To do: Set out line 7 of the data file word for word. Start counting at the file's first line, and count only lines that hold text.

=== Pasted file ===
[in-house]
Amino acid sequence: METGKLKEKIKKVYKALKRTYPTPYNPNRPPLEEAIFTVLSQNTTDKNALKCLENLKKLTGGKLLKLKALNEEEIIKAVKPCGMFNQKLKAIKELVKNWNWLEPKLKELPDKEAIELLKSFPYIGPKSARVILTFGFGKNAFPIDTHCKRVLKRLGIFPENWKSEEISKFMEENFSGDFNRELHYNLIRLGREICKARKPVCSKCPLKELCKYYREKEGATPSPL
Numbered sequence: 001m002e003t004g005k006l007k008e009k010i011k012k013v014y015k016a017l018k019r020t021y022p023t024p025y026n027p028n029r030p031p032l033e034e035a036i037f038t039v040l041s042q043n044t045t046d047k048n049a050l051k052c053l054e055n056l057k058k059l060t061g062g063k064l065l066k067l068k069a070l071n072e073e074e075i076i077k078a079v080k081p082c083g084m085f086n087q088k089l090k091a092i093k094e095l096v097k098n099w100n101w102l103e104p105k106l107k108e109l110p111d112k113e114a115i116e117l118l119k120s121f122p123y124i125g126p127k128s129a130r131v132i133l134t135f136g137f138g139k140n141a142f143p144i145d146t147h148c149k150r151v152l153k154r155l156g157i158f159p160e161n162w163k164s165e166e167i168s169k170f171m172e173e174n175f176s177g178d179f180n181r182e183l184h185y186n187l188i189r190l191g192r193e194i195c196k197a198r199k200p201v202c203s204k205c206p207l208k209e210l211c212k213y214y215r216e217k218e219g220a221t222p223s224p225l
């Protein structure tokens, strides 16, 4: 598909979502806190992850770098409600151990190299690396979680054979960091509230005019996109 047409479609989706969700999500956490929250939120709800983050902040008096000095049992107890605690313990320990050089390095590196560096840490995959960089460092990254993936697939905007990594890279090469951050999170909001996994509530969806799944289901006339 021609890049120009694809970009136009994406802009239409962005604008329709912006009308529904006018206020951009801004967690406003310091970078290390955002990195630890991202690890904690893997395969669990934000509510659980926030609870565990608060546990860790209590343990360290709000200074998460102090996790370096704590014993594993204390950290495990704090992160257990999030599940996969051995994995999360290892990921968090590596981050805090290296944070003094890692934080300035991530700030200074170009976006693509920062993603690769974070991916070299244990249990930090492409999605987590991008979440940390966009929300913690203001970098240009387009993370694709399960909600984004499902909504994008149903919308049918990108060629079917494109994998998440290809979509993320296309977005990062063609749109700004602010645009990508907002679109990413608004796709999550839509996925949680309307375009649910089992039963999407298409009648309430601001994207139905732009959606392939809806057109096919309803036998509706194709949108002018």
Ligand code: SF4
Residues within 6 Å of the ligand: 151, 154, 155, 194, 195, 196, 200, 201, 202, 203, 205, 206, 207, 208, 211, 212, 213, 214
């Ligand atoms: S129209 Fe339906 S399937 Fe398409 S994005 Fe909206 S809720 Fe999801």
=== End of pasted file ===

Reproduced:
């Ligand atoms: S129209 Fe339906 S399937 Fe398409 S994005 Fe909206 S809720 Fe999801």